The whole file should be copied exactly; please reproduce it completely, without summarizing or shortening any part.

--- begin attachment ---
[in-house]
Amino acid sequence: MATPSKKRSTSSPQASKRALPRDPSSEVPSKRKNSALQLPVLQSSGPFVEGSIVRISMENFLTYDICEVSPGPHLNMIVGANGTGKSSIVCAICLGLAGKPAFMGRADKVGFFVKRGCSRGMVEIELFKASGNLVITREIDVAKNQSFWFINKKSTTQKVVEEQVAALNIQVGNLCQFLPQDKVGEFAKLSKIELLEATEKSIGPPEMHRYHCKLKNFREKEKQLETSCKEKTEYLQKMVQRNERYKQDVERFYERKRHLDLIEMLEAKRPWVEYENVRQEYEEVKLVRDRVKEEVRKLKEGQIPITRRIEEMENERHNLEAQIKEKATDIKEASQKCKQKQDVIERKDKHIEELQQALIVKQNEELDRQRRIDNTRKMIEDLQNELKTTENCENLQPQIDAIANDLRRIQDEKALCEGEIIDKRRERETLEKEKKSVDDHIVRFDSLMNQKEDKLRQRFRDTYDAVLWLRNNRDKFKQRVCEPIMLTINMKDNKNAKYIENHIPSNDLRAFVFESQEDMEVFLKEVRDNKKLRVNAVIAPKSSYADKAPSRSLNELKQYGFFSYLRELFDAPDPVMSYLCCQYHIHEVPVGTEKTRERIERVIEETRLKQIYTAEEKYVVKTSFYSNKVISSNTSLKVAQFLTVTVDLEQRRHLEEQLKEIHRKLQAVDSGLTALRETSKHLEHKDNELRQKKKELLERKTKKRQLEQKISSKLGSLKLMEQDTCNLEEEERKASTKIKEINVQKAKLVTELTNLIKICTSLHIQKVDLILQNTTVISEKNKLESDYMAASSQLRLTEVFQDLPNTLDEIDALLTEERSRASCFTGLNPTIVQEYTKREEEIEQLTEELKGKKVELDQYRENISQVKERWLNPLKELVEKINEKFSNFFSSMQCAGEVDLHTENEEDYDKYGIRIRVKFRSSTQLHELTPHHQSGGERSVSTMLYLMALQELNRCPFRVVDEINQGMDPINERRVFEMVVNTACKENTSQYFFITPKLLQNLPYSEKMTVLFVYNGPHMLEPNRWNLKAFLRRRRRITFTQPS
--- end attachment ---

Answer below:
[in-house]
Amino acid sequence: MATPSKKRSTSSPQASKRALPRDPSSEVPSKRKNSALQLPVLQSSGPFVEGSIVRISMENFLTYDICEVSPGPHLNMIVGANGTGKSSIVCAICLGLAGKPAFMGRADKVGFFVKRGCSRGMVEIELFKASGNLVITREIDVAKNQSFWFINKKSTTQKVVEEQVAALNIQVGNLCQFLPQDKVGEFAKLSKIELLEATEKSIGPPEMHRYHCKLKNFREKEKQLETSCKEKTEYLQKMVQRNERYKQDVERFYERKRHLDLIEMLEAKRPWVEYENVRQEYEEVKLVRDRVKEEVRKLKEGQIPITRRIEEMENERHNLEAQIKEKATDIKEASQKCKQKQDVIERKDKHIEELQQALIVKQNEELDRQRRIDNTRKMIEDLQNELKTTENCENLQPQIDAIANDLRRIQDEKALCEGEIIDKRRERETLEKEKKSVDDHIVRFDSLMNQKEDKLRQRFRDTYDAVLWLRNNRDKFKQRVCEPIMLTINMKDNKNAKYIENHIPSNDLRAFVFESQEDMEVFLKEVRDNKKLRVNAVIAPKSSYADKAPSRSLNELKQYGFFSYLRELFDAPDPVMSYLCCQYHIHEVPVGTEKTRERIERVIEETRLKQIYTAEEKYVVKTSFYSNKVISSNTSLKVAQFLTVTVDLEQRRHLEEQLKEIHRKLQAVDSGLTALRETSKHLEHKDNELRQKKKELLERKTKKRQLEQKISSKLGSLKLMEQDTCNLEEEERKASTKIKEINVQKAKLVTELTNLIKICTSLHIQKVDLILQNTTVISEKNKLESDYMAASSQLRLTEVFQDLPNTLDEIDALLTEERSRASCFTGLNPTIVQEYTKREEEIEQLTEELKGKKVELDQYRENISQVKERWLNPLKELVEKINEKFSNFFSSMQCAGEVDLHTENEEDYDKYGIRIRVKFRSSTQLHELTPHHQSGGERSVSTMLYLMALQELNRCPFRVVDEINQGMDPINERRVFEMVVNTACKENTSQYFFITPKLLQNLPYSEKMTVLFVYNGPHMLEPNRWNLKAFLRRRRRITFTQPS